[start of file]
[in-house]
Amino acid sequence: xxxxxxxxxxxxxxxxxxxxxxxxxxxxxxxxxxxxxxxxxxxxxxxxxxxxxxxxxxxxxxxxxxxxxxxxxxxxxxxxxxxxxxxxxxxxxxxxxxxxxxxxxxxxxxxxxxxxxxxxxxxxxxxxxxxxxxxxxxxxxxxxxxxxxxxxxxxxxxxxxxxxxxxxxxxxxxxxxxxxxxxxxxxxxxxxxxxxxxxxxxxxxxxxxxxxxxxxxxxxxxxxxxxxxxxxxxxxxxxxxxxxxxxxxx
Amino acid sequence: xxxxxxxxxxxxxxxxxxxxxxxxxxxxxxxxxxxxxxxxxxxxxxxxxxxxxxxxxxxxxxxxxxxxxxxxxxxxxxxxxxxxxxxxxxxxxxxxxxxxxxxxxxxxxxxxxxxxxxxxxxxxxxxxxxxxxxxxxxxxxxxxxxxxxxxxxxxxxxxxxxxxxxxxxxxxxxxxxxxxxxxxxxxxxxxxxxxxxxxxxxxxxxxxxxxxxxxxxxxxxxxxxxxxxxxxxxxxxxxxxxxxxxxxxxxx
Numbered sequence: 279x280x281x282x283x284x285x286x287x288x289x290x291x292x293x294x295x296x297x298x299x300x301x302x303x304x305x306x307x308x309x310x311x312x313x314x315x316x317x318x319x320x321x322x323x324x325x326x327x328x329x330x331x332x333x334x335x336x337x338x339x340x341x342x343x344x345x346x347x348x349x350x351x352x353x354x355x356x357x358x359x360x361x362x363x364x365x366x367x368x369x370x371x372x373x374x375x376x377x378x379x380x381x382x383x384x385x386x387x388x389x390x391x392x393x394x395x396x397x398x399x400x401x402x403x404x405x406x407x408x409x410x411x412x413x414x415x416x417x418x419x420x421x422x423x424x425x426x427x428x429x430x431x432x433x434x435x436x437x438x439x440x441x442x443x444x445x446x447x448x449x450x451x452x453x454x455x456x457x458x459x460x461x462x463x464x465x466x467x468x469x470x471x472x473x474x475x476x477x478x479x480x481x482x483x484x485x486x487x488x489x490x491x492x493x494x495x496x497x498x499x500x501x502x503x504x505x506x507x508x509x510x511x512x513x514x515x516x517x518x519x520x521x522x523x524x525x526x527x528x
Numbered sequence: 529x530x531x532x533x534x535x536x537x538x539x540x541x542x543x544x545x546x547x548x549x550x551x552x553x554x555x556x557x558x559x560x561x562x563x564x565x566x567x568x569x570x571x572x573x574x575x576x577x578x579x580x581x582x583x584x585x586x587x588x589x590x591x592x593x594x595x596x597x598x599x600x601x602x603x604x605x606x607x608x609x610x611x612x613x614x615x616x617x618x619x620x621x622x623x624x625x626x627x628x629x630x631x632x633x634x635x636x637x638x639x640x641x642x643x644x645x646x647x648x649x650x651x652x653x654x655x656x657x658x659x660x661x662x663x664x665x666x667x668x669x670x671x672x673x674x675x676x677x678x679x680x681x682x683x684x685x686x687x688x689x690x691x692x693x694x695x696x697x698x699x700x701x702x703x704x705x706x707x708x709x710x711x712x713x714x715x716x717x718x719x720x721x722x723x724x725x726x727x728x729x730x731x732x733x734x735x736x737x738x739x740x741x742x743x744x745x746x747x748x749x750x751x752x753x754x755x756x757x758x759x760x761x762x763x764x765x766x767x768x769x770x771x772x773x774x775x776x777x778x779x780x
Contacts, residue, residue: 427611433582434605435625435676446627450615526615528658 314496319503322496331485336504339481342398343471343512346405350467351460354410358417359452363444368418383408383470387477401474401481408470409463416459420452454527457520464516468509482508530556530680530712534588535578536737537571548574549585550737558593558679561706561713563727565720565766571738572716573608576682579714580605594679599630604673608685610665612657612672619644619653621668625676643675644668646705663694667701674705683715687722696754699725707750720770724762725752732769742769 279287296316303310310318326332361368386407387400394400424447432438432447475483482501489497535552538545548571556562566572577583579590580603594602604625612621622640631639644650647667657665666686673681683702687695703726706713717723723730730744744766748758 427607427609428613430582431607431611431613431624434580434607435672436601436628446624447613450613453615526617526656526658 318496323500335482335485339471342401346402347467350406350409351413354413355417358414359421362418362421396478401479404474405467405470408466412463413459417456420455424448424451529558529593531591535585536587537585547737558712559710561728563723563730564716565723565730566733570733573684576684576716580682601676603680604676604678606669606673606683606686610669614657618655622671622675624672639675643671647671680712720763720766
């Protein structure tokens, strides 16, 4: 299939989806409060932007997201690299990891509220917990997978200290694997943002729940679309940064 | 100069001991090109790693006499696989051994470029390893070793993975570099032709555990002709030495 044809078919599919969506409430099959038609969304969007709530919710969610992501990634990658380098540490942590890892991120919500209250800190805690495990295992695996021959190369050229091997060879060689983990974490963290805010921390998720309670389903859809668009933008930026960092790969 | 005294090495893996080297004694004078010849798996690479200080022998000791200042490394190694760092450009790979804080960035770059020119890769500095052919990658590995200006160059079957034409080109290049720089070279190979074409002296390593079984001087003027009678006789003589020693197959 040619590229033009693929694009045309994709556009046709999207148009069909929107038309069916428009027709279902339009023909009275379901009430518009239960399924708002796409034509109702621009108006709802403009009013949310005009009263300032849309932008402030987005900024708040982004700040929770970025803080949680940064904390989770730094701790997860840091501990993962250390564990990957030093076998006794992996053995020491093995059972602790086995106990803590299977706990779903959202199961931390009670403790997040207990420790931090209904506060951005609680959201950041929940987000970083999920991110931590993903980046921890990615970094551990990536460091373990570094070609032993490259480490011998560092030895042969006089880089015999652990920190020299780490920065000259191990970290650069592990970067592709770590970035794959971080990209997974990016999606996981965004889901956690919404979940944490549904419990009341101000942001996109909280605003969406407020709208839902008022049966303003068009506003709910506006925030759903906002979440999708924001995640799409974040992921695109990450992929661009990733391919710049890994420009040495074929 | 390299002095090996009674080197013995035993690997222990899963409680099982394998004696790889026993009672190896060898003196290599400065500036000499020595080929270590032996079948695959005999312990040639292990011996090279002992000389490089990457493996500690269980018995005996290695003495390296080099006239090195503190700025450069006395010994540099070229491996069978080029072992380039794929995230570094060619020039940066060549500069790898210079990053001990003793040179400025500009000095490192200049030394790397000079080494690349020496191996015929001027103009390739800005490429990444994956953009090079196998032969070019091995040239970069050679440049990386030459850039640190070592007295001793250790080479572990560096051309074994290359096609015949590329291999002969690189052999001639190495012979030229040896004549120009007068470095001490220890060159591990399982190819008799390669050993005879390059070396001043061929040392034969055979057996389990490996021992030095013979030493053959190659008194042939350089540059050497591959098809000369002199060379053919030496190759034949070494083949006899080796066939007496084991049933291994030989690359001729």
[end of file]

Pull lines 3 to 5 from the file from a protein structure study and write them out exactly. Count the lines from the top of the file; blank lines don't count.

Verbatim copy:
Amino acid sequence: xxxxxxxxxxxxxxxxxxxxxxxxxxxxxxxxxxxxxxxxxxxxxxxxxxxxxxxxxxxxxxxxxxxxxxxxxxxxxxxxxxxxxxxxxxxxxxxxxxxxxxxxxxxxxxxxxxxxxxxxxxxxxxxxxxxxxxxxxxxxxxxxxxxxxxxxxxxxxxxxxxxxxxxxxxxxxxxxxxxxxxxxxxxxxxxxxxxxxxxxxxxxxxxxxxxxxxxxxxxxxxxxxxxxxxxxxxxxxxxxxxxxxxxxxxxx
Numbered sequence: 279x280x281x282x283x284x285x286x287x288x289x290x291x292x293x294x295x296x297x298x299x300x301x302x303x304x305x306x307x308x309x310x311x312x313x314x315x316x317x318x319x320x321x322x323x324x325x326x327x328x329x330x331x332x333x334x335x336x337x338x339x340x341x342x343x344x345x346x347x348x349x350x351x352x353x354x355x356x357x358x359x360x361x362x363x364x365x366x367x368x369x370x371x372x373x374x375x376x377x378x379x380x381x382x383x384x385x386x387x388x389x390x391x392x393x394x395x396x397x398x399x400x401x402x403x404x405x406x407x408x409x410x411x412x413x414x415x416x417x418x419x420x421x422x423x424x425x426x427x428x429x430x431x432x433x434x435x436x437x438x439x440x441x442x443x444x445x446x447x448x449x450x451x452x453x454x455x456x457x458x459x460x461x462x463x464x465x466x467x468x469x470x471x472x473x474x475x476x477x478x479x480x481x482x483x484x485x486x487x488x489x490x491x492x493x494x495x496x497x498x499x500x501x502x503x504x505x506x507x508x509x510x511x512x513x514x515x516x517x518x519x520x521x522x523x524x525x526x527x528x
Numbered sequence: 529x530x531x532x533x534x535x536x537x538x539x540x541x542x543x544x545x546x547x548x549x550x551x552x553x554x555x556x557x558x559x560x561x562x563x564x565x566x567x568x569x570x571x572x573x574x575x576x577x578x579x580x581x582x583x584x585x586x587x588x589x590x591x592x593x594x595x596x597x598x599x600x601x602x603x604x605x606x607x608x609x610x611x612x613x614x615x616x617x618x619x620x621x622x623x624x625x626x627x628x629x630x631x632x633x634x635x636x637x638x639x640x641x642x643x644x645x646x647x648x649x650x651x652x653x654x655x656x657x658x659x660x661x662x663x664x665x666x667x668x669x670x671x672x673x674x675x676x677x678x679x680x681x682x683x684x685x686x687x688x689x690x691x692x693x694x695x696x697x698x699x700x701x702x703x704x705x706x707x708x709x710x711x712x713x714x715x716x717x718x719x720x721x722x723x724x725x726x727x728x729x730x731x732x733x734x735x736x737x738x739x740x741x742x743x744x745x746x747x748x749x750x751x752x753x754x755x756x757x758x759x760x761x762x763x764x765x766x767x768x769x770x771x772x773x774x775x776x777x778x779x780x